Photo: Devin Jones

Tuition framework reform postponed for another two years

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By Sarah Krichel

On Dec. 15, the provincial government of Ontario announced a rollover of the current tuition framework, setting an overall tuition increase cap of three per cent for another two years.

According to Deb Matthews, minister of advanced education and skills development, students can expect increases in their tuition for another two years. 

“There’s a lot going on in the post-secondary space—obviously the biggest priority is OSAP reform,” Matthews said. “We are working hard to get that free tuition out there.”

Matthews added that the government of Ontario is also working on the funding formula and the strategic mandate agreement, so “the best thing to do” was to stick with the status quo and come back to this discussion later.

“We had also heard from student groups that they didn’t feel we had done enough consultation and we want to respect that,” she said.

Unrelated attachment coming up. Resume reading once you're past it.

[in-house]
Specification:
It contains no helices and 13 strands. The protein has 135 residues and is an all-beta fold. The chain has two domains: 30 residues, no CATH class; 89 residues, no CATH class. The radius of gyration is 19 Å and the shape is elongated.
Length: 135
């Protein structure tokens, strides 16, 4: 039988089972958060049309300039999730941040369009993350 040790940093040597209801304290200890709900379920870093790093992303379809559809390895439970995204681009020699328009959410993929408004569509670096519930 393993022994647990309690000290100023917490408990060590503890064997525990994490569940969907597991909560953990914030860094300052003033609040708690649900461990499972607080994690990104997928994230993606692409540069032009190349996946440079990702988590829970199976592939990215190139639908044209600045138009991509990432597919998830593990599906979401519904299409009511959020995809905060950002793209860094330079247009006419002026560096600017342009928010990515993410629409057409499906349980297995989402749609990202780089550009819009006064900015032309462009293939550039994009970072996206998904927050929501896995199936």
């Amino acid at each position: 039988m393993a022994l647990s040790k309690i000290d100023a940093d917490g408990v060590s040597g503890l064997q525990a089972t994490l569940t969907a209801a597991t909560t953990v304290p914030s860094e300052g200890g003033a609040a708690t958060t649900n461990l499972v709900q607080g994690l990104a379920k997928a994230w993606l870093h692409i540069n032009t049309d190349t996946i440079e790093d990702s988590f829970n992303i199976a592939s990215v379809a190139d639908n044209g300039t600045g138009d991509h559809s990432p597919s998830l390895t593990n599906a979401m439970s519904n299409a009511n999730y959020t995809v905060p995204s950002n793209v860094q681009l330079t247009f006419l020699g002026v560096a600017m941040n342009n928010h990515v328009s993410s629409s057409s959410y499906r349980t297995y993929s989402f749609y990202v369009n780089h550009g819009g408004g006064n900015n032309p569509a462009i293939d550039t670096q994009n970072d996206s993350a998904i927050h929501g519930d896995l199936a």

There is currently no set deadline for a framework reform after the two-year rollover.

According to Rajean Hoilett, Canadian Federation of Students-Ontario chairperson, this rollover simply means a continued burden on vulnerable communities that cannot afford the existing framework.

“As students, we were really hoping to see the government take a bold stance in favour of ensuring access and affordability to post-secondary education, and we were hoping to see [a] tuition fee framework that did not include any tuition fee increases,” Hoilett said. “It’s important that we don’t settle for the status quo.”

Hoilett added that the CFS’ semi-annual general meeting on Jan. 19-22 will allow students across the province to contribute ideas on how to go forward.

“Coming off of a really successful National Day of Action, we have a lot of capacity to really organize in January about this tuition fee rollover,” Hoilett said. “The participants at the meeting will have an opportunity to talk about what our next steps be … I’m really excited to see what will happen.”

OSAP grants and loans for students were also adjusted to ensure that they are in line with tuition inflation to take place, according to Matthews.

With files from Jacob Dubé.

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